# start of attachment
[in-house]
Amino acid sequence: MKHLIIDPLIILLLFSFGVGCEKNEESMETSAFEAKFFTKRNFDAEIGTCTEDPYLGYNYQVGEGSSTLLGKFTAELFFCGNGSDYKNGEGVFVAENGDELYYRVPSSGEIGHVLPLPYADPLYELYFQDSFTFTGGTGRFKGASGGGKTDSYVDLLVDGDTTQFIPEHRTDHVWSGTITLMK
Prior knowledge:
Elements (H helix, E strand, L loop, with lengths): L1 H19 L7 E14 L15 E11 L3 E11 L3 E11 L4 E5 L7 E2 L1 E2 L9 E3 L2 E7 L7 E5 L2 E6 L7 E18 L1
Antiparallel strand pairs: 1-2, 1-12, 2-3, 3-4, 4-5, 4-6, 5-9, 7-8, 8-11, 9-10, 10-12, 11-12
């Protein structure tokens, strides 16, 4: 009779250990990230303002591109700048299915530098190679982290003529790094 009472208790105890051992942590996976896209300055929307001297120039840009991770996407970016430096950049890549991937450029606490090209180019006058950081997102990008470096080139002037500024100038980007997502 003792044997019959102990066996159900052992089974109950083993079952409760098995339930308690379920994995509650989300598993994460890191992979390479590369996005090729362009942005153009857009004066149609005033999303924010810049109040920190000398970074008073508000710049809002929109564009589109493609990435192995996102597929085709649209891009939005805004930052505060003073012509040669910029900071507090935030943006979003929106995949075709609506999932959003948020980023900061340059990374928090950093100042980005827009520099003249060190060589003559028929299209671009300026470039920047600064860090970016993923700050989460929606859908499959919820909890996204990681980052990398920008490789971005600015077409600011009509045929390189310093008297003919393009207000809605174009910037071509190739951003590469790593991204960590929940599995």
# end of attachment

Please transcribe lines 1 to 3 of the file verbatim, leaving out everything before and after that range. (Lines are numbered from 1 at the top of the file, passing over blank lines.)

[in-house]
Amino acid sequence: MKHLIIDPLIILLLFSFGVGCEKNEESMETSAFEAKFFTKRNFDAEIGTCTEDPYLGYNYQVGEGSSTLLGKFTAELFFCGNGSDYKNGEGVFVAENGDELYYRVPSSGEIGHVLPLPYADPLYELYFQDSFTFTGGTGRFKGASGGGKTDSYVDLLVDGDTTQFIPEHRTDHVWSGTITLMK
Prior knowledge: